Affirmative Action for Law Scholarship
There are several issues in this unfolding story about Scholastica, law review submissions, and “diversity” preferences. Let’s break them out.
- I’m shocked! Shocked!: Over at Prawfs, Professor Mannheimer and various anonymous commentators think that Orin, Josh and I are naive. Everyone knows that law reviews routinely take race, gender and sexual orientation into account when choosing between articles. Indeed, Josh got an email from a former editor at the California Law Review saying that the practice “is nothing new and not exactly a secret.” Well, shucks. I guess I’m the sucker here. Even if this had crossed my mind, I would have naively thought that law faculties would never permit law student boards to make decisions about articles based on race, gender and sexual orientation without clearly thinking through whether such practices were legal, and without setting forth an explicit and public set of guidelines vetted by university counsel’s office. Honestly, the idea that California, NYU, Boston College, and other law reviews are thinking about my sexual orientation when they go forward with a “board review” is so unbelievably offensive that I’m still having some trouble wrapping my head around it. So, yup, I’m shocked.
- But everyone else is doing it: On the prawfs thread, several anonymous commentators stated that diversity preferences (however defined) are no worse than preferences that boards already express for (or against) elite school letterhead. There are two points to make here in response. First, the best law journals already engage in blind review, and using letterhead as a proxy for quality is antiquated and embarrassing. It’s not a defense of a bad practice that another bad practice exists. Second, though it’s not well thought out and should be abolished, at least the intuition behind letter-head bias is rationally related to what I thought the law review’s ends were: to select the best piece of scholarship. But what’s the intuition behind picking people, not papers? That law review placement is a “good” owned by the law review that wise and benevolent boards should redistribute in the ways that seem best to them?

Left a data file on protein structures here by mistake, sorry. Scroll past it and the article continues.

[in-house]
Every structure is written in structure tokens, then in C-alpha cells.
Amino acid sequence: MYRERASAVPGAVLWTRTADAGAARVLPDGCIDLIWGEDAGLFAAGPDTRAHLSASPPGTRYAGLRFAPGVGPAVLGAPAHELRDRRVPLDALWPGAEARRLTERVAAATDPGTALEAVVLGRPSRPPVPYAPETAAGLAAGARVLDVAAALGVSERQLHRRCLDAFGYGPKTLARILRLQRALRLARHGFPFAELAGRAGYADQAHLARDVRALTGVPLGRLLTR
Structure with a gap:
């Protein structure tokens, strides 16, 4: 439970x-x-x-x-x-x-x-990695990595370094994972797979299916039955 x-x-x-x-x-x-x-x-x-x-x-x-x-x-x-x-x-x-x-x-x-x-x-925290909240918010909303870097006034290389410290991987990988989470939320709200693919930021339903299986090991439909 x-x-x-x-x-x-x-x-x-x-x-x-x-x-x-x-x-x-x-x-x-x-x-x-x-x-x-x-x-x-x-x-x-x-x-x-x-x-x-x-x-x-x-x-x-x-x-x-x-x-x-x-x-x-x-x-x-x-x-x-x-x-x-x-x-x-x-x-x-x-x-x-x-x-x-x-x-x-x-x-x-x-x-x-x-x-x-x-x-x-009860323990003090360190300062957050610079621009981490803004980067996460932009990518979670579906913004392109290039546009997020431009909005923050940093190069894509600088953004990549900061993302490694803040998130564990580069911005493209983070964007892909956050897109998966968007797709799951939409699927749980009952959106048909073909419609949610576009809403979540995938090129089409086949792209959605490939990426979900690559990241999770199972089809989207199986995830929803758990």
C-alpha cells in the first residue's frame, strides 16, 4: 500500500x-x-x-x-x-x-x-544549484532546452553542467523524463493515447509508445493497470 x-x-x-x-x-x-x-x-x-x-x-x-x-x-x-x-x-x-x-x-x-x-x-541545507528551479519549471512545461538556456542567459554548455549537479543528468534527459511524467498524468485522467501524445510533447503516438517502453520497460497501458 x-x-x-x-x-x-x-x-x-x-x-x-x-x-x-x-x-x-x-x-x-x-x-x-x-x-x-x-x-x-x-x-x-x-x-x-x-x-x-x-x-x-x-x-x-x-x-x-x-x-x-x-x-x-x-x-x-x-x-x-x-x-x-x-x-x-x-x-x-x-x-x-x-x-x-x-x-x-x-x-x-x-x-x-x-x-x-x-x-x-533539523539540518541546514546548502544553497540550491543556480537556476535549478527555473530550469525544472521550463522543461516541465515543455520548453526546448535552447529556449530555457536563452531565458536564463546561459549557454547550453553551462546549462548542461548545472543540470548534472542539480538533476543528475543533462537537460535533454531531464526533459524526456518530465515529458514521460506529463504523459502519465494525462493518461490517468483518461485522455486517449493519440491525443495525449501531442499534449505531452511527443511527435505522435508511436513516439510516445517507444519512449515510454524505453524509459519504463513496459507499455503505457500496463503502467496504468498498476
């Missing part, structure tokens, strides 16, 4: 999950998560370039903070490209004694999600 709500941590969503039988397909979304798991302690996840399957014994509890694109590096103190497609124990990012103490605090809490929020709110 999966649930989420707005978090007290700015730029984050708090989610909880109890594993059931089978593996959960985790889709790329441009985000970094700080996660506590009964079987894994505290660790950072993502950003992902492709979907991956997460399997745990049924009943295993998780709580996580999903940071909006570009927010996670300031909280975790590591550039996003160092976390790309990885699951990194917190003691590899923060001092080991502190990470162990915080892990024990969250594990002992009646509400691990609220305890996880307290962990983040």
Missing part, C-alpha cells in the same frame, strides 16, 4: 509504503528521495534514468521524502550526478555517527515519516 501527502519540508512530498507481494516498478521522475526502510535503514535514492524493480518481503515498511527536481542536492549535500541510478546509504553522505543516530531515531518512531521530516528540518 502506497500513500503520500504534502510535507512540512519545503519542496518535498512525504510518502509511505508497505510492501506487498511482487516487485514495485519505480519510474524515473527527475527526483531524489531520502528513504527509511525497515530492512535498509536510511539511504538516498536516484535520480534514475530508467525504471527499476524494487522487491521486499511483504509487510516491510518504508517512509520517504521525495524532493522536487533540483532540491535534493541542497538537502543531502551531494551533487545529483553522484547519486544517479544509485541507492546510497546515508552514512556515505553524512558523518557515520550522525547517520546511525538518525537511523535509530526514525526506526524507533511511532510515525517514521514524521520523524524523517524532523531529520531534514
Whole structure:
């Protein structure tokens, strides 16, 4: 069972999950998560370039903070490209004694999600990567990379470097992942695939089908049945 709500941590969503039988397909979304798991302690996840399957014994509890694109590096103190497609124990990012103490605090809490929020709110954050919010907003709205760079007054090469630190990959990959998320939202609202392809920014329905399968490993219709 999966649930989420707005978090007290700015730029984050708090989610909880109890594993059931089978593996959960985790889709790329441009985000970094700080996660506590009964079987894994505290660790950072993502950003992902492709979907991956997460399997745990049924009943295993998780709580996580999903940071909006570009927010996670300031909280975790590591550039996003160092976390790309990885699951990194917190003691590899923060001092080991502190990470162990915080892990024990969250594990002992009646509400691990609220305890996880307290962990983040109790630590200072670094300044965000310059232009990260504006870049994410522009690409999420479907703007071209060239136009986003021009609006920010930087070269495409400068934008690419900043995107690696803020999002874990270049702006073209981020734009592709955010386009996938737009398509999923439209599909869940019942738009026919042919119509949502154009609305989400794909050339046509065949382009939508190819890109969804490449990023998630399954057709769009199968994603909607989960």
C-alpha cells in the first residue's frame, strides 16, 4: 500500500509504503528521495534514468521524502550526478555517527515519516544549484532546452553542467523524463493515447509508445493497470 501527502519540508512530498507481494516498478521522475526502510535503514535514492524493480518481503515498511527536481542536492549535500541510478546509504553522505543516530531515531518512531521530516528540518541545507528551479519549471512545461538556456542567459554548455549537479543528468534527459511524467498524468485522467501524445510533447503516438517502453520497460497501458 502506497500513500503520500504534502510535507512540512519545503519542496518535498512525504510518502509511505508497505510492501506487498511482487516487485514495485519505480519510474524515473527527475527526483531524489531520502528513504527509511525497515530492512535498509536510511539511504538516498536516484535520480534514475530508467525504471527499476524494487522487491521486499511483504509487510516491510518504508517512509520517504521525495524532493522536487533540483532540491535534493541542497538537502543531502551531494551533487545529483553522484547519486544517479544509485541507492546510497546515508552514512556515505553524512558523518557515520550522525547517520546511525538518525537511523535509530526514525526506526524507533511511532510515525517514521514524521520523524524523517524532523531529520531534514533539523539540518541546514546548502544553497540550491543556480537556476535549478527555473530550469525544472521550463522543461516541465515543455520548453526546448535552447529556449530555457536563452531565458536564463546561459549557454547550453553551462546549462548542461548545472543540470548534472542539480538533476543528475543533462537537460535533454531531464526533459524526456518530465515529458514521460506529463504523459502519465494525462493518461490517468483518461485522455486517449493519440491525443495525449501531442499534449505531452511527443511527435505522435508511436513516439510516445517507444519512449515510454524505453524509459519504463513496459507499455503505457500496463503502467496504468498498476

- Scholastica’s just an enabler: I can’t quite figure these folks out. They commented yesterday that they were just giving reviews what they wanted. But then some editors wrote me to say that they didn’t want this widget – and that they only clicked on it because it was so easy to do. Indeed, Iowa appears to have de-clicked the widget yesterday in response to this thread. In the best possible light, it seems to me that Scholastica’s developers are simply importing other disciplines’ norms and preferences into the law without thinking carefully about how you might want to have different tools for faculty editors than unsupervised student boards. But maybe that’s not the light to see Scholastica in. As I wrote yesterday, their high price, preference for a different kind of scholarship, and exclusivity campaign might suggest that far from being merely a “platform”, they are hoping to use digital architecture to change law review behavior. I’d love to hear more from them about what their goals were and are going forward for legal scholarship.
- Until such questions are answered, my view is that of a commentator from yesterday: vote with your feet. Don’t use Scholastica unless the journal absolutely insists, as very, very few do. Consider also sending emails to the faculty advisors of journals that are exclusive to ask them if they are on board with this potentially radical, and radically troubling, shift in law review standards and selection processes.